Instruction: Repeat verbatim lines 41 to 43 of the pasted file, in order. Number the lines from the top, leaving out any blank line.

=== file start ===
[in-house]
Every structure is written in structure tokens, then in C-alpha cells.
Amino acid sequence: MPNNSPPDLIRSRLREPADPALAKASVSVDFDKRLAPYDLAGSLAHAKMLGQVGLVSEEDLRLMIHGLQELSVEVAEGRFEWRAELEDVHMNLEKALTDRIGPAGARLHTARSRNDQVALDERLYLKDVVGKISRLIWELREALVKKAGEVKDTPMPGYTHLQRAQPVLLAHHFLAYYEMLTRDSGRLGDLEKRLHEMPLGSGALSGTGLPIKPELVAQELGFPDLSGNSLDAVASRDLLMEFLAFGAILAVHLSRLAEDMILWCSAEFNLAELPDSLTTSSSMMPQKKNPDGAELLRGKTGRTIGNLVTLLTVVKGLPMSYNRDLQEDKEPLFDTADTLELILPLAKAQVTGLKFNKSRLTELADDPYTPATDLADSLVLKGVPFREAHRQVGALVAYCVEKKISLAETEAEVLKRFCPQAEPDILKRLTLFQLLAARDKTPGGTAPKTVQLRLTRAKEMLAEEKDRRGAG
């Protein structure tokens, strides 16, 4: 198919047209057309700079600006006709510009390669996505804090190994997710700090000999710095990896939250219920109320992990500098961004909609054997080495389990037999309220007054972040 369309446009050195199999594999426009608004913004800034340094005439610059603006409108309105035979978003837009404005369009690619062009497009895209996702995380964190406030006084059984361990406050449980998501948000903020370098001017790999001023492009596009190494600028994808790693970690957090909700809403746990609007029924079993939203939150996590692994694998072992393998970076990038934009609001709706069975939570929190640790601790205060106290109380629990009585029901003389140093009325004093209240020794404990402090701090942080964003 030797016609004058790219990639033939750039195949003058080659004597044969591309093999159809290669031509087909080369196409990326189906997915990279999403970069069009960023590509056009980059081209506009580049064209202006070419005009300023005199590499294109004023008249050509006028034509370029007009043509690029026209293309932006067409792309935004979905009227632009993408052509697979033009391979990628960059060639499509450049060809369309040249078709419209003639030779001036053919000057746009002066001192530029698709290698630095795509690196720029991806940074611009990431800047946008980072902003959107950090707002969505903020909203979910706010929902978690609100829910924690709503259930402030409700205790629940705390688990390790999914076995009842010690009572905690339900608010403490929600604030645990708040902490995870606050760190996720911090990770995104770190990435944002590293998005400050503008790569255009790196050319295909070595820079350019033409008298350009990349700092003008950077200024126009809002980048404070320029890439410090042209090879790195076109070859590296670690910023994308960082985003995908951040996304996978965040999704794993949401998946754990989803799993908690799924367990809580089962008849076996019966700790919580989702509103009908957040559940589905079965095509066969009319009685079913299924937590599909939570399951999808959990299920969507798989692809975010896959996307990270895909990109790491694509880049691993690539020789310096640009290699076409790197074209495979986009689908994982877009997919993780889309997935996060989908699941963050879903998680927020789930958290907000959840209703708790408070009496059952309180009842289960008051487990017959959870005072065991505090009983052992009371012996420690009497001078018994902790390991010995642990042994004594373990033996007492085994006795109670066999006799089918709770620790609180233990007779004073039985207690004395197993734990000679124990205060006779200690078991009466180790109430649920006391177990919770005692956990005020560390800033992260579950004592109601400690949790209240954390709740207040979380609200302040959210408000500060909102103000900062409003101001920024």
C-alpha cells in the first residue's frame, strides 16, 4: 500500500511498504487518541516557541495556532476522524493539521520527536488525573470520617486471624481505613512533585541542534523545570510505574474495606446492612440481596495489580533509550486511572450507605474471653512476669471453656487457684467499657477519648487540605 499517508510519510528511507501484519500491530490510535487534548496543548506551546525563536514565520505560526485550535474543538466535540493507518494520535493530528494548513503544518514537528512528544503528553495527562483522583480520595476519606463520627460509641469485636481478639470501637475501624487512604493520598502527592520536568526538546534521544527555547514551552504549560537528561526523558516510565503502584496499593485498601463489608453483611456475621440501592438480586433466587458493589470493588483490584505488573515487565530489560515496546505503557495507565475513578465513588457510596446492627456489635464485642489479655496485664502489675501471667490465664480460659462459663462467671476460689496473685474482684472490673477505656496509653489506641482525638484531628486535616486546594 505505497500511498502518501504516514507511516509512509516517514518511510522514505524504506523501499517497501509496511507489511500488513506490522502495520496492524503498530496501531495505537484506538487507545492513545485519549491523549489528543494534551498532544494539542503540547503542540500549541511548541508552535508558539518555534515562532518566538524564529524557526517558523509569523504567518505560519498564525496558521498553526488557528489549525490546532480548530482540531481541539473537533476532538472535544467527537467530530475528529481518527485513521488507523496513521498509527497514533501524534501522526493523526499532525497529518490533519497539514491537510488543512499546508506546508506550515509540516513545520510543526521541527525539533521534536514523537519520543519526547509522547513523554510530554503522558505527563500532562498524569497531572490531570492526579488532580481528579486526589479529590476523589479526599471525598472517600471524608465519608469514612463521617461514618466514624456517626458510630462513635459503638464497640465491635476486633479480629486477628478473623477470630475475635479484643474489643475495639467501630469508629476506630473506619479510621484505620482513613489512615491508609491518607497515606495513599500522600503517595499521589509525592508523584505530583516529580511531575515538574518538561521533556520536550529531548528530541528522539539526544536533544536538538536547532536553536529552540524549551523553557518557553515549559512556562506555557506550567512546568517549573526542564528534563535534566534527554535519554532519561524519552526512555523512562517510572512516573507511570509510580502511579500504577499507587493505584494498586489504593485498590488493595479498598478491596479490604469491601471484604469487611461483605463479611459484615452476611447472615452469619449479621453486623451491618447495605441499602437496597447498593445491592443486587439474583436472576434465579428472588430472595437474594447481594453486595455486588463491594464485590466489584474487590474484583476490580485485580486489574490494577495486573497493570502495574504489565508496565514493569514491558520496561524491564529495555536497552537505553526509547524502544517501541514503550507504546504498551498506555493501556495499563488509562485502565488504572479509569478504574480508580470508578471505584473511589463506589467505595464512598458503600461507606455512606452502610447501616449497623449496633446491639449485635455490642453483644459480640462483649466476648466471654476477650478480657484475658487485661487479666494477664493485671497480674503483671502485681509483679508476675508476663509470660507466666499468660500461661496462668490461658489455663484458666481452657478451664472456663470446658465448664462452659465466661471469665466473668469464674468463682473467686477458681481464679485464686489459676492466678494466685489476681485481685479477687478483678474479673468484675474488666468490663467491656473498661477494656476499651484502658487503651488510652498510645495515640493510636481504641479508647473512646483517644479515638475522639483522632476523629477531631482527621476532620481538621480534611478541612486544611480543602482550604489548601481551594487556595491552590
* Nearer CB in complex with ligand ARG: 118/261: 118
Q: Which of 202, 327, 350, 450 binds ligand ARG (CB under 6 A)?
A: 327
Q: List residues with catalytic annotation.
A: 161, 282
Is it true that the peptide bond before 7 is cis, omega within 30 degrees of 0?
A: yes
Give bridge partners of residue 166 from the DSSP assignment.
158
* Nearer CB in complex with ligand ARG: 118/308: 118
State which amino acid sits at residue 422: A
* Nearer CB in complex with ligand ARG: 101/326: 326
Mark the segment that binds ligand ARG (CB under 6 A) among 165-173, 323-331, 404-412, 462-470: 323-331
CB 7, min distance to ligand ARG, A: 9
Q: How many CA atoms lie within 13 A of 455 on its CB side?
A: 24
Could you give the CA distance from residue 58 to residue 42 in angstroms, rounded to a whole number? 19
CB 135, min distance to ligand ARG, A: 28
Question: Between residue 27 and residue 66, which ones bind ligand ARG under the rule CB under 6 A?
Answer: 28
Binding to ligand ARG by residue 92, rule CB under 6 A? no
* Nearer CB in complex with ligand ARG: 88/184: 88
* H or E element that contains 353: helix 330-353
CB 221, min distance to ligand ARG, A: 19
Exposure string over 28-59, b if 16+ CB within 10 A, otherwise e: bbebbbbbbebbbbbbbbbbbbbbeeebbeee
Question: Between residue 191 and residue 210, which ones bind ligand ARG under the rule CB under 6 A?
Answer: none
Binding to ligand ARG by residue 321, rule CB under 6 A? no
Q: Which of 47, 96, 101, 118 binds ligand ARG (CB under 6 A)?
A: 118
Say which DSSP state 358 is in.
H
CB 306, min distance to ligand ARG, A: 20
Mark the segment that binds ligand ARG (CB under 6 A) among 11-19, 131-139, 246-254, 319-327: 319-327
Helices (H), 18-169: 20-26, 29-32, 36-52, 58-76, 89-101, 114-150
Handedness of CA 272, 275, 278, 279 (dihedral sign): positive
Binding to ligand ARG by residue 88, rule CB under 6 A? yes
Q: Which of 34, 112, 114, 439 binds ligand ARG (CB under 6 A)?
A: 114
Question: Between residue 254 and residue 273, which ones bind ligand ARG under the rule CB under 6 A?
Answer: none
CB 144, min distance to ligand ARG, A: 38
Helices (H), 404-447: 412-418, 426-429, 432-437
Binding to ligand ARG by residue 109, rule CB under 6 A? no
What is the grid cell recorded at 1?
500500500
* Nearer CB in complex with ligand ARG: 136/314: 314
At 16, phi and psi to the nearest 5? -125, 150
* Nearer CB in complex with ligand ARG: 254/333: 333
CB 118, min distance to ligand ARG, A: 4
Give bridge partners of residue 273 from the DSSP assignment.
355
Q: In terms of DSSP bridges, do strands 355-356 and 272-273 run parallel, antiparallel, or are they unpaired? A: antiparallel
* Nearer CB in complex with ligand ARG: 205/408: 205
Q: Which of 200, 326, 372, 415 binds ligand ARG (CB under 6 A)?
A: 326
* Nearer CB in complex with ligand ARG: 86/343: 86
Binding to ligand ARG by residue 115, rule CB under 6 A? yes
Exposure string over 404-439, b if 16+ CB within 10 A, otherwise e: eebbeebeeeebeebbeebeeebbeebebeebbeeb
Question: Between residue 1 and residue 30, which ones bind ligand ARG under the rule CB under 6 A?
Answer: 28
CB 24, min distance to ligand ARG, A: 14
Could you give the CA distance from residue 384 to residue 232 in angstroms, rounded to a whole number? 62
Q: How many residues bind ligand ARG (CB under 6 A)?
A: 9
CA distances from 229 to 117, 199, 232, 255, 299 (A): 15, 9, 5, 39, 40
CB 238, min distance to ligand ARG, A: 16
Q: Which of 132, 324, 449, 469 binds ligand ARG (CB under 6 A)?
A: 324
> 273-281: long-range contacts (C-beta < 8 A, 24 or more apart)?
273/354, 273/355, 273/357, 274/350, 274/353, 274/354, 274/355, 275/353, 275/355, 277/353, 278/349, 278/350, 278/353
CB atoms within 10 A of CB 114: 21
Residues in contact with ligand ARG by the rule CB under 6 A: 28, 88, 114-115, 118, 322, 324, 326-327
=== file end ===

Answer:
Handedness of CA 272, 275, 278, 279 (dihedral sign): positive
Binding to ligand ARG by residue 88, rule CB under 6 A? yes
Q: Which of 34, 112, 114, 439 binds ligand ARG (CB under 6 A)?